Pakistan Violence: Arrests of Islamists in Karachi May Not Actually Signal Crackdown
Ahmed, Issam, The Christian Science Monitor
After deadly Pakistan violence in Karachi, police have arrested dozens of suspected Islamist hardliners. Some analysts believe they are little more than window-dressing aimed at pacifying an increasingly angry population.
Police in Pakistan's southern port city of Karachi have arrested dozens of alleged Islamist hardliners suspected in the assassination of a local political leader, according to reports.
The killing of Raza Haider, a provincial parliamentarian and member of the secular Muttahida Qaumi Movement (MQM) party, outside his mosque on Monday sparked deadly rioting that has paralyzed Pakistan's financial hub. On Wednesday, the death toll rose to 63 as the city of 18 million people remained on almost total lockdown. In addition to the dead, dozens more have been injured.
Pakistan's Interior Minister Rehman Malik was quick to pin the blame yesterday on banned sectarian militant outfits Sipah-e-Sahaba Pakistan (SSP) and Lashkar-e-Jhangvi (LJ), which both have a history of anti-Shia violence in the city. But some analysts believe the current wave of arrests is little more than window-dressing aimed at pacifying an increasingly angry population.
Police aren't talking
Noting that Karachi police themselves have remained tight-lipped about the nature of the arrests, Badar Alam, editor of Karachi- based news weekly the Herald, says: "They don't have any solid evidence. They don't have the right kind of clues. They are now nabbing anyone who comes in their sights, and will probably release the majority of them sooner or later."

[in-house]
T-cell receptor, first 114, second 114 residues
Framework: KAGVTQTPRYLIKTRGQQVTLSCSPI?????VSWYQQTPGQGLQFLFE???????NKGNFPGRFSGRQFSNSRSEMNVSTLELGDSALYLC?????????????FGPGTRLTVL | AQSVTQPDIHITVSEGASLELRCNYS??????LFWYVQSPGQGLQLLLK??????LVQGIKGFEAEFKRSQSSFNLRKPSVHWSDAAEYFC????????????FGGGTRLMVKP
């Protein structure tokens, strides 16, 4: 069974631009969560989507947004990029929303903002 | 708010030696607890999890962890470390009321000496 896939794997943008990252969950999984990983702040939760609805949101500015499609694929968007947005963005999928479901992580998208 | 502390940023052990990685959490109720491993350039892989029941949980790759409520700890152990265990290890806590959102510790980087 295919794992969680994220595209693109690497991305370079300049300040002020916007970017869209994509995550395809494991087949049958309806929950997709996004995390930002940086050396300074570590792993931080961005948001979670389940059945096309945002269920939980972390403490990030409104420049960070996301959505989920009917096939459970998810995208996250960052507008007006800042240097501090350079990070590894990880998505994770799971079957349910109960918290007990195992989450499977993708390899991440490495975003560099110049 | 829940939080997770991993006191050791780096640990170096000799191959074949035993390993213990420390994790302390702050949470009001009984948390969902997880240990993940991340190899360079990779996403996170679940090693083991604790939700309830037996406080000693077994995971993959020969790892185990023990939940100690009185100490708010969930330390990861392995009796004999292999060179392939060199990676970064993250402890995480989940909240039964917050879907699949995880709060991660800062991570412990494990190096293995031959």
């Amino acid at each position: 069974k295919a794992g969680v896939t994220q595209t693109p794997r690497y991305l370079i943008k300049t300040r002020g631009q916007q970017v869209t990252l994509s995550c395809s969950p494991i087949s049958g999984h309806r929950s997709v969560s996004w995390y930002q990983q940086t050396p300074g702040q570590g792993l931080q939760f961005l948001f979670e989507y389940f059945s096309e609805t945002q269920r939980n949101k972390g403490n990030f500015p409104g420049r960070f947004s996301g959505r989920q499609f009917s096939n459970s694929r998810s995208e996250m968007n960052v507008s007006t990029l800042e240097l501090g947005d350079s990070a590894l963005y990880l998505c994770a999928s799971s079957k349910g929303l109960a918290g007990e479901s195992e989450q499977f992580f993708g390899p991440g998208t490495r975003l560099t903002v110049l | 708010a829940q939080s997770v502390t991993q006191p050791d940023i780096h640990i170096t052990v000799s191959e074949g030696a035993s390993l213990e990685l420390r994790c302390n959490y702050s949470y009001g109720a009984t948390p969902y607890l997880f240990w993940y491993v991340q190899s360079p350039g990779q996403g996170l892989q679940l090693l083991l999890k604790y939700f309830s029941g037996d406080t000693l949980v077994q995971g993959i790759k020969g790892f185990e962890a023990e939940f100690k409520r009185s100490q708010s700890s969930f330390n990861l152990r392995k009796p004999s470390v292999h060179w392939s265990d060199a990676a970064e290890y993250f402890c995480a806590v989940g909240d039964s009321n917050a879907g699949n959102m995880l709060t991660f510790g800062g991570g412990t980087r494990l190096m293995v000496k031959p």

Karachi police chief Waseem Ahmed refused to comment to the Monitor in a phone conversation when asked for more details on the nature of the arrests.
Pakistan has a record of first arresting and then releasing suspected militants. This could be, in part, a result of the government's mixed dealings with militant groups. In February, for example, the law minister of Pakistan's Punjab province, Rana Sanaullah, reportedly campaigned with a SSP leader in what was seen as a way to gain support for his PML-N party in the provincial by- election.
Still, Pakistan's intelligence agencies classify SSP as a terrorist organization. The SSP historically has close ties with LJ, according to Imtiaz Gul of the Center for Research and Security Studies in Islamabad. "Many believe that Lashkar-e-Jhangvi was created as a cover for the more violent activities of the SSP and began its life as the SSP's militant arm," Mr. …